Calitoxin I (Δ-hormotoxin-Cpt1a) and II (Δ-hormotoxin-Cpt1b), 79 amino acid residues long, belong to the type IV toxins. They are isolated from Calliactis parasitica and present a long chain and three disulfide bridges in common with types I and II [109,126]. Furthermore, they have a similar outcome on VGSCs as types I–III toxins [109]. In Table 2, the other, less documented toxins from sea anemones that are also active on the VGSCs are represented.

3.4. Toxins from Cone Snails

The genus Conus, from the Conidae family, is a group of predatory gastropod mollusk that includes more than 500 different species. Cone snails belonging to this genus usually live in tropical waters [152]. They are categorized into three groups depending on their alimentation habits: mollusk hunters (molluscivorous), worm hunters (vermivorous), and fish hunters (piscivorous) [153]. They use their venom as a weapon to defend themselves and capture their prey [154]. The biotoxin of marine cone snails is a combination of many peptides that may vary between species. The venom of a single species can contain different toxins depending on its predatory or defensive use [155].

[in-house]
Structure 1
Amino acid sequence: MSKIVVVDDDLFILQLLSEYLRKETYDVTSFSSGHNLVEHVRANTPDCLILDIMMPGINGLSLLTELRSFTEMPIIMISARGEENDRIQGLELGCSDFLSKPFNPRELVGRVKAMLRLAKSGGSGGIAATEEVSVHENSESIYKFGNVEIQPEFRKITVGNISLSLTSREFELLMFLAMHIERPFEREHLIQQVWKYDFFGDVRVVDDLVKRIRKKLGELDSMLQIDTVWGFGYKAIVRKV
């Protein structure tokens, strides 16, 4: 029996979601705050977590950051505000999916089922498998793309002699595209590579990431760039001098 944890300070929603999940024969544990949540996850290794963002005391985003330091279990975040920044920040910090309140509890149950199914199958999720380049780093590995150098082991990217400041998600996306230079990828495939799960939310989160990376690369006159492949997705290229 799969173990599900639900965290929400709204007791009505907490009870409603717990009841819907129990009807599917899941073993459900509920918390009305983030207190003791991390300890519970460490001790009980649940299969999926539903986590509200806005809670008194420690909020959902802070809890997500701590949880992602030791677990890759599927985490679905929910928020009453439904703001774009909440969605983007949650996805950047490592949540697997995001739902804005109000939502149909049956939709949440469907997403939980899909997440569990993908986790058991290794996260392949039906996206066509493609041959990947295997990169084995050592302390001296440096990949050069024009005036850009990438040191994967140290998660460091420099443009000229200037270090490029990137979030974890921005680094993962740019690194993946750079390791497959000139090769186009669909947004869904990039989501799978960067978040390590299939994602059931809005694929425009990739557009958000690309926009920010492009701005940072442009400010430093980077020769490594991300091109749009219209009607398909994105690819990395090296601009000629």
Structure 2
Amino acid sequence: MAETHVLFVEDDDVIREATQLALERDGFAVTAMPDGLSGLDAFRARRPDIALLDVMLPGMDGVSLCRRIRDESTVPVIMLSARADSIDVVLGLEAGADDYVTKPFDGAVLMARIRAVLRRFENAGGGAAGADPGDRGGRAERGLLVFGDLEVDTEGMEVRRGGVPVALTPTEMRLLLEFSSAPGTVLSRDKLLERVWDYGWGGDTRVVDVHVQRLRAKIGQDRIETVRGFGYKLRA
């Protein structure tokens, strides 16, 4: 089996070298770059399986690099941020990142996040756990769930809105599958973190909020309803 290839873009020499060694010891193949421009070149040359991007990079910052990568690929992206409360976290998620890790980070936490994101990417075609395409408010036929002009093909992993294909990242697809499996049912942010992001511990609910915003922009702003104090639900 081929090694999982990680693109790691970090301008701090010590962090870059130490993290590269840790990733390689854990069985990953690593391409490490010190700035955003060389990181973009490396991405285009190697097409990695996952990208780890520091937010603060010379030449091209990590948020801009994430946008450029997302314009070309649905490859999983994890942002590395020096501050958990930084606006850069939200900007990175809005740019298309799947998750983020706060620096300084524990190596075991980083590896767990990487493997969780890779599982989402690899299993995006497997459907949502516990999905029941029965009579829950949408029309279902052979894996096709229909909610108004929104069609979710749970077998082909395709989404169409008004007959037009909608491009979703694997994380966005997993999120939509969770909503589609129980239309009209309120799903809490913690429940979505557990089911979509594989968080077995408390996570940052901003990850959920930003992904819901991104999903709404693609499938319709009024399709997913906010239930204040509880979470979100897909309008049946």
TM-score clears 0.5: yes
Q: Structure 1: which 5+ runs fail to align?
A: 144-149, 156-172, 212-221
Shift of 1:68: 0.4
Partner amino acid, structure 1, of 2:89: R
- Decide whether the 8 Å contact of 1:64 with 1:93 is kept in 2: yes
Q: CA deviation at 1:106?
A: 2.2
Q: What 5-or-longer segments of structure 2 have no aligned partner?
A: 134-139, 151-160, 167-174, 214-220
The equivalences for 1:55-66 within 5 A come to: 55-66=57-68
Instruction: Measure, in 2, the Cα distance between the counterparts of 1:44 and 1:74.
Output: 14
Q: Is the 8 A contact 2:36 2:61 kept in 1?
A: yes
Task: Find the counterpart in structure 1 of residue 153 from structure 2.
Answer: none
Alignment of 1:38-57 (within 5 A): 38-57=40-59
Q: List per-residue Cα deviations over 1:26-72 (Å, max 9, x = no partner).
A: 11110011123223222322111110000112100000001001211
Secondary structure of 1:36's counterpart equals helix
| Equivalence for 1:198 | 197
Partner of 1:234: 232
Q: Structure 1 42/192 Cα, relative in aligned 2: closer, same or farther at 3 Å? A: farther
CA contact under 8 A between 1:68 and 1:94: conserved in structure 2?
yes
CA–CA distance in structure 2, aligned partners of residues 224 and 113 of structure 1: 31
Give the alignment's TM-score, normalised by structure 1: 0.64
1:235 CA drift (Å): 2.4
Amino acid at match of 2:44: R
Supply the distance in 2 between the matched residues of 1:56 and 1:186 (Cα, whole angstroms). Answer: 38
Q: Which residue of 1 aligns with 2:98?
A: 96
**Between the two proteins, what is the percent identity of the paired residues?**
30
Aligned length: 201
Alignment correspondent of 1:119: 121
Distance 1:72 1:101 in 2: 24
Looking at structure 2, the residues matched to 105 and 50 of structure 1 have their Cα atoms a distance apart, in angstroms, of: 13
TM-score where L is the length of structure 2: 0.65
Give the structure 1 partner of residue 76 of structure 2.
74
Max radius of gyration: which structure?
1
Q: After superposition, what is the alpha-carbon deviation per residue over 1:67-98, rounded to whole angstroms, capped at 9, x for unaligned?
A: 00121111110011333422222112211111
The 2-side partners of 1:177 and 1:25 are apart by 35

Conotoxins are small peptides rich in disulfide bridges found in the venom of conical snails [156]. First, cone snails produce propeptides in the secretory cells of their tubular venom duct. Then, the proteases cleave the precursor protein generating active conotoxins. The cone snail has a specialized harpoon-shaped root tooth used to inject its venom into its prey [157]. These conotoxins have shown a high affinity for various membrane receptors, ion channels, and transporters in the nervous system of target preys and predators that gave them a great value in the pharmaceutical field. According to their pharmacological activities and their molecular targets, conotoxins are grouped into different families [158]. Among the different families of conotoxins, four of them target VGSCs: μ-, μO-, δ-, and ί-conotoxins. Each of these families interacts with VGSCs by binding to specific sites on the channel α subunit. To date, only μ- and μO-conotoxin families exhibit pain-relieving properties in animal models [159]. μ- and μO-conotoxins inhibit the VGSC current—this happens when μO-conotoxins bind to an external site to the pore that modifies the channel gating and closes the channel [160], while μ-conotoxins bind to the external vestibule of the channel and thus sterically and electrostatically block the conductive pathway of ions [159]. Unlike μ- and μO-conotoxins, δ- and ί-conotoxins stimulate VGSC activity. The δ-conotoxins interact with the hydrophobic surface residues of the S3/S4 linker of domain IV site 6. However, this interaction results in the prolongation of the opening of the channels that extends action potentials and activates a persistent neuronal discharge, eventually deferring or inhibiting rapid inactivation [157,161]. ί-Conotoxins activate VGSC without affecting the inactivation by shifting the voltage dependence of activation to more hyperpolarized potentials or by improving the amplitude of the TTX-S Na+ current in DRG neurons [162].